Every year, more than 26,000 babies are born premature and the health outcomes for those infants are worse in rural and regional areas. On World Prematurity Day, Australia’s National Rural Health Commissioner, Professor Ruth Stewart will discuss how rates of prematurity in more remote areas could be reduced. With more than 30 years of work as a rural generalist doctor and obstetrician, Professor Stewart will consider how rural and remote women and babies can access the care they need and outline her vision for how the health system can enhance medical services in the bush.
Adjunct Professor Ruth Stewart was appointed as the second National Rural Health Commissioner for Australia in July 2020. She brings to this role nearly 30 years of work as a Rural Generalist doctor with the advanced skills of a GP obstetrician. Ruth and her husband Anthony Brown now live and work on Thursday Island in the Torres Strait.
For 22 years Ruth and Anthony were General Practitioners in private practice in Camperdown in south west Victoria where they had Visiting Medical Officer status in the local public hospital. In 2008 Ruth was employed as the inaugural Director of Clinical Training Rural with the then new medical school of Deakin University. Her role was to establish the rural program. She created a network of 12 growing to 18 Longitudinal Integrated Clerkship placements for third year medical students from Deakin University to spend the whole of their core clinical year in rural practice.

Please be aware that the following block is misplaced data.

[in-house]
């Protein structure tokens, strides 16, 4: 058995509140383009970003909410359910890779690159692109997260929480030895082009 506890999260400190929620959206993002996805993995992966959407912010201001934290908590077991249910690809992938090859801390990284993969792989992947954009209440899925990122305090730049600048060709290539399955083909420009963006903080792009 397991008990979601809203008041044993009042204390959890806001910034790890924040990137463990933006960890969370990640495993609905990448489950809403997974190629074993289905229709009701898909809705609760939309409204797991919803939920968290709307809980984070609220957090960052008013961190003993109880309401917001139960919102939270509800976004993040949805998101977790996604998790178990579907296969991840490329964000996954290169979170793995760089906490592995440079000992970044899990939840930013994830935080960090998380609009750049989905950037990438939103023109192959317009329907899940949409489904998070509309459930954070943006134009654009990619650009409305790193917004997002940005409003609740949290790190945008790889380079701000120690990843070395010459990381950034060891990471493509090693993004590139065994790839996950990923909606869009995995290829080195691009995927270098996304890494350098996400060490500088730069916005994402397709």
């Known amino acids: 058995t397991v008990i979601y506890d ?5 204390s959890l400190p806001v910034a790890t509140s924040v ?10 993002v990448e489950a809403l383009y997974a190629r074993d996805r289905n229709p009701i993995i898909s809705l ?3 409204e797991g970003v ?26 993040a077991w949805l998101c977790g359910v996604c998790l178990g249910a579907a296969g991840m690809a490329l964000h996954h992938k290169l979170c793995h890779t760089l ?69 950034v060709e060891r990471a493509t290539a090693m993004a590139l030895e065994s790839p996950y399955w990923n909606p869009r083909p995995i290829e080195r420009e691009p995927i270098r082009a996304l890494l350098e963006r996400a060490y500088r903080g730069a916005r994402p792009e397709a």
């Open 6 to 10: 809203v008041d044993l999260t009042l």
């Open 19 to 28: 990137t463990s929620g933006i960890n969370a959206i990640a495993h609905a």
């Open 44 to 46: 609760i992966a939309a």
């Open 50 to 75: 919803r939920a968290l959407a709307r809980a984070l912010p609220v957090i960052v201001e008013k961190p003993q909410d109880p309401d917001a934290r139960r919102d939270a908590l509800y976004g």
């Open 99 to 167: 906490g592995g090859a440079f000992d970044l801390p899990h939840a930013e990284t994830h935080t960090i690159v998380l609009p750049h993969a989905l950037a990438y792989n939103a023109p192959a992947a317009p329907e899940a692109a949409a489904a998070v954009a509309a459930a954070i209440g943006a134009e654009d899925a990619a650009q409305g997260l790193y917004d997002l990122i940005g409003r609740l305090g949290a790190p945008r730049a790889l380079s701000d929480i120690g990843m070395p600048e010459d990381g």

In 2012, Ruth moved to north Queensland to become an Associate Professor of Rural Medicine, Director Rural Clinical Training with James Cook University. In this role she oversaw the doubling of rural clinical placements for the medical school and worked clinically as a Senior Medical Officer at Mareeba Hospital. Ruth is the immediate Past President of the Australian College of Rural and Remote Medicine and was on the College’s board from 2002-2020 in various roles. She was on the board of the Torres and Cape Hospital and Health Service for 6 years, the Cape York Hospital Board for two years and has been on the board of several Regional Training Providers/Organisations for General Practice Training, on the board of the Rural Doctors Association of Australia for two years and the Tropical Australian Academic Health Centre board. For three years. She has held a number of representative and medico political roles including on the Distribution Advisory Group, and the Health Innovation Advisory Committee for the National Health and Medical Research Authority.
Ruth received a PhD from Flinders University in 2014. Her thesis examined the lessons learnt from a Managed Clinical Network of rural maternity services in South West Victoria. She has an abiding interest in quality of rural maternity services and sustainable models of rural health care.